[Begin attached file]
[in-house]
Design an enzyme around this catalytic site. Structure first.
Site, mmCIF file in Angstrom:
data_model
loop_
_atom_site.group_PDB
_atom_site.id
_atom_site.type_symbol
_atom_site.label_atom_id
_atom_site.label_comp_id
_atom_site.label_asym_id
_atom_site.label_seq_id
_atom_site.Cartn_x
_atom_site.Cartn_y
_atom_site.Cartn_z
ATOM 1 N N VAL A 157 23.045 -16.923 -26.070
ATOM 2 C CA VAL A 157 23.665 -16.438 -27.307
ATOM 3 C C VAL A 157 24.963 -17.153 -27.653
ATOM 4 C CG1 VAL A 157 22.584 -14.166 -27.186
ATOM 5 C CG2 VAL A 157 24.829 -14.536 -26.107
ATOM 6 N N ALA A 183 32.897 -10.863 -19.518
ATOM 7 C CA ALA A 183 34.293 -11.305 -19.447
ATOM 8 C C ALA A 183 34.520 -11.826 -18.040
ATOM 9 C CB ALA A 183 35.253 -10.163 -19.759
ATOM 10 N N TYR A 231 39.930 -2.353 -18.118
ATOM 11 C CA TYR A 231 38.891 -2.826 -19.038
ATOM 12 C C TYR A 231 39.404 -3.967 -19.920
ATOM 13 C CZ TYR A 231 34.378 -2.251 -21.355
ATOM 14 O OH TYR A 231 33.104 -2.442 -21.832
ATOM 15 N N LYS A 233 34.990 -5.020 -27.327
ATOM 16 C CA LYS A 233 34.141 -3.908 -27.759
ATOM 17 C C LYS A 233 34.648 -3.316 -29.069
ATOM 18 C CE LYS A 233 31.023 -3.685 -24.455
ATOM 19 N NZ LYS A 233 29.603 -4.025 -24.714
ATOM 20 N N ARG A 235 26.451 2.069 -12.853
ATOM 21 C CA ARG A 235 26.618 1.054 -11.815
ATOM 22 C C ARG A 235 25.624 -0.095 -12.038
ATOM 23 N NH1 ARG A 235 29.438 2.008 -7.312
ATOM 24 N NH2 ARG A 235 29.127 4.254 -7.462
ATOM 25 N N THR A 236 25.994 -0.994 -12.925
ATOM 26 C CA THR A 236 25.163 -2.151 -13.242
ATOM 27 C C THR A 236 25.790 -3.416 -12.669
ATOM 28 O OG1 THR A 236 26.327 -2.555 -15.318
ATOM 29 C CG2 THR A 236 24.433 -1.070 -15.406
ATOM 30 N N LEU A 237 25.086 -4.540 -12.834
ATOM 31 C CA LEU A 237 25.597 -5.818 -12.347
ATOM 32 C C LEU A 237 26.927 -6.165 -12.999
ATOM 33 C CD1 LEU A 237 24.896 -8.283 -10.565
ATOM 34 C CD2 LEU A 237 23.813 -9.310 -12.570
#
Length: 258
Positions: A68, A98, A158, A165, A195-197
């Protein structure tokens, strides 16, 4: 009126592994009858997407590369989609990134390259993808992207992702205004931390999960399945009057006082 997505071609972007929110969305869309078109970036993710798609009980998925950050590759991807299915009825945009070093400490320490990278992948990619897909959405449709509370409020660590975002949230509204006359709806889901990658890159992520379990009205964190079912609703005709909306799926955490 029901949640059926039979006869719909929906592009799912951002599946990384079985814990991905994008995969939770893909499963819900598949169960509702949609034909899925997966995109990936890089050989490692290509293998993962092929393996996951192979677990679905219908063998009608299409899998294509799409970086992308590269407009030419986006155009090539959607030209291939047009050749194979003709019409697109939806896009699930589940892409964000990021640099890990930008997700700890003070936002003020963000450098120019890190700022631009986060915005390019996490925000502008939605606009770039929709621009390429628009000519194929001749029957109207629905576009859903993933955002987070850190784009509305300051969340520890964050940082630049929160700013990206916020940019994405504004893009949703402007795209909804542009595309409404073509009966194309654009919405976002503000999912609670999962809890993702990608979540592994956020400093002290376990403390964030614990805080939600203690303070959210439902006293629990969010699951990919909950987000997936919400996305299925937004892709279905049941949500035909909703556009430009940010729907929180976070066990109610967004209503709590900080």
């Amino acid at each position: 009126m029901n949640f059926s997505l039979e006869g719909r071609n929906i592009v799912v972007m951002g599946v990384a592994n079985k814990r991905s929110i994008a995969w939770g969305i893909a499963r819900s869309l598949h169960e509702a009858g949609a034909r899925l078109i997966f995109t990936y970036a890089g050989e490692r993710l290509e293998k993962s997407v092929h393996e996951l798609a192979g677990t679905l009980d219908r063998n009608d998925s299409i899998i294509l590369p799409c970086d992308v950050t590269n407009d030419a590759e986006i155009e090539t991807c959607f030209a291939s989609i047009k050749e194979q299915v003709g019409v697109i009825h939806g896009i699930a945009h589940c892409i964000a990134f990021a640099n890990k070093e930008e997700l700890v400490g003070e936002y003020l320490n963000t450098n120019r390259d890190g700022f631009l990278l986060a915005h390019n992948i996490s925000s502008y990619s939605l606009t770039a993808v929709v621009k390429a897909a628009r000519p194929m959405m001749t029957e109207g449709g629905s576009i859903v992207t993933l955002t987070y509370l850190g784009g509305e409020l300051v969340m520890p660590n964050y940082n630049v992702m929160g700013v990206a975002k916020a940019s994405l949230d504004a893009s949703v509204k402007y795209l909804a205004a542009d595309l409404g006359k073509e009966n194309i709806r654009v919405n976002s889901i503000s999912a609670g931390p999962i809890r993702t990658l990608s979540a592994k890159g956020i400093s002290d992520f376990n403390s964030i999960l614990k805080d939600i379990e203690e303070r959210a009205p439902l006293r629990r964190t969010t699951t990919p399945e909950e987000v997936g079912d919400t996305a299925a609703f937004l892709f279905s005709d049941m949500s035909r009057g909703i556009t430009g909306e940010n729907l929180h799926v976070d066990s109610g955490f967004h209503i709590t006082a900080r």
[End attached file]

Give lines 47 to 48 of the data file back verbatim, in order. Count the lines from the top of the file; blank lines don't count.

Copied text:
ATOM 32 C C LEU A 237 26.927 -6.165 -12.999
ATOM 33 C CD1 LEU A 237 24.896 -8.283 -10.565